Vertebral Augmentation Surgery

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Evolution of Vertebral Augmentation Surgery

Vertebral augmentation procedures are the main surgical treatment option for vertebral compression fractures that meet operative indications. The two most commonly used procedures are the vertebroplasty and kyphoplasty. Vertebroplasty, introduced in the U.S. back in the early 1990s, involves injecting cement into a fractured vertebra which can relieve pain, restore vertebral height, and restore spinal mobility.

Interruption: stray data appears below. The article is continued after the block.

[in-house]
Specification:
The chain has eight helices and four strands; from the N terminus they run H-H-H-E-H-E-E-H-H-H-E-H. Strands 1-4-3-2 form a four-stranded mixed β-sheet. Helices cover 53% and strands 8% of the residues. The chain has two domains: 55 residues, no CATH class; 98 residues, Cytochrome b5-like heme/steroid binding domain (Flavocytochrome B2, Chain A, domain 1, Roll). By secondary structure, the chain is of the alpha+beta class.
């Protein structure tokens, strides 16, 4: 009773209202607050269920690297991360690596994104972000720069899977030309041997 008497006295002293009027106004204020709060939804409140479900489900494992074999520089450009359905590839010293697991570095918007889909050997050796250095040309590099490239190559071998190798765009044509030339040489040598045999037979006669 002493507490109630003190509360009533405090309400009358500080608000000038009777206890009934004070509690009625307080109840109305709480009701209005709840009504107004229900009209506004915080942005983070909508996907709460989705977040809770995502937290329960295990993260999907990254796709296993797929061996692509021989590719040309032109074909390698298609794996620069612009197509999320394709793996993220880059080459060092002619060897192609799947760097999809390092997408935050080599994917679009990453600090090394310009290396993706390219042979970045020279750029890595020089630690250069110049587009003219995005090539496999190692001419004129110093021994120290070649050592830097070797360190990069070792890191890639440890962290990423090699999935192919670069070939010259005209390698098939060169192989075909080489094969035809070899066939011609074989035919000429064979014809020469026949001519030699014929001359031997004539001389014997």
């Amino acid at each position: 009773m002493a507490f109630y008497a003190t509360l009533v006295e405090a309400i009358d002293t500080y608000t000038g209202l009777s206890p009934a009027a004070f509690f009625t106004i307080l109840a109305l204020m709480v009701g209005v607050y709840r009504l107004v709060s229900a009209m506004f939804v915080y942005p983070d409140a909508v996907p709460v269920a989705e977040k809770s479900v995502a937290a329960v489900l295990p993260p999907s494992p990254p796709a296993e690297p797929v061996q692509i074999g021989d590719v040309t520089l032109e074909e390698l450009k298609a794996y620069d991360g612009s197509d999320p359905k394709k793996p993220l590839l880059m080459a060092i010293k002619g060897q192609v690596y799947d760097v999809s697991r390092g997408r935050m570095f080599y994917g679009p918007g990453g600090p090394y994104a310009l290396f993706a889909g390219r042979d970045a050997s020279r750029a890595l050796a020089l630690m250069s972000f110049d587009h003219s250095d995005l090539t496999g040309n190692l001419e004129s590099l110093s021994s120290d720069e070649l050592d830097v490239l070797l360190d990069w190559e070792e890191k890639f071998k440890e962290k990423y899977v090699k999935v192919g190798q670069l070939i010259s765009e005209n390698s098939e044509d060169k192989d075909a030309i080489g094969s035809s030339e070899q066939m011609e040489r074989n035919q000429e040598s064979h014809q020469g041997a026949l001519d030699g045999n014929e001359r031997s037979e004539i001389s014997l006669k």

The procedure is usually done quickly without the need to stay in the hospital overnight. It may be performed with a local anesthetic and intravenous (IV) sedation or general anesthesia. Using x-ray guidance, a small needle containing specially formulated bone cement is injected into the collapsed vertebra. The cement hardens within minutes, strengthening and stabilizing the fractured vertebra. Most experts believe that pain relief is achieved through mechanical support and stability provided by the bone cement. Kyphoplasty is a modification of this technique where a balloon is used to help guide the cement and increase the height of the collapsed bone.

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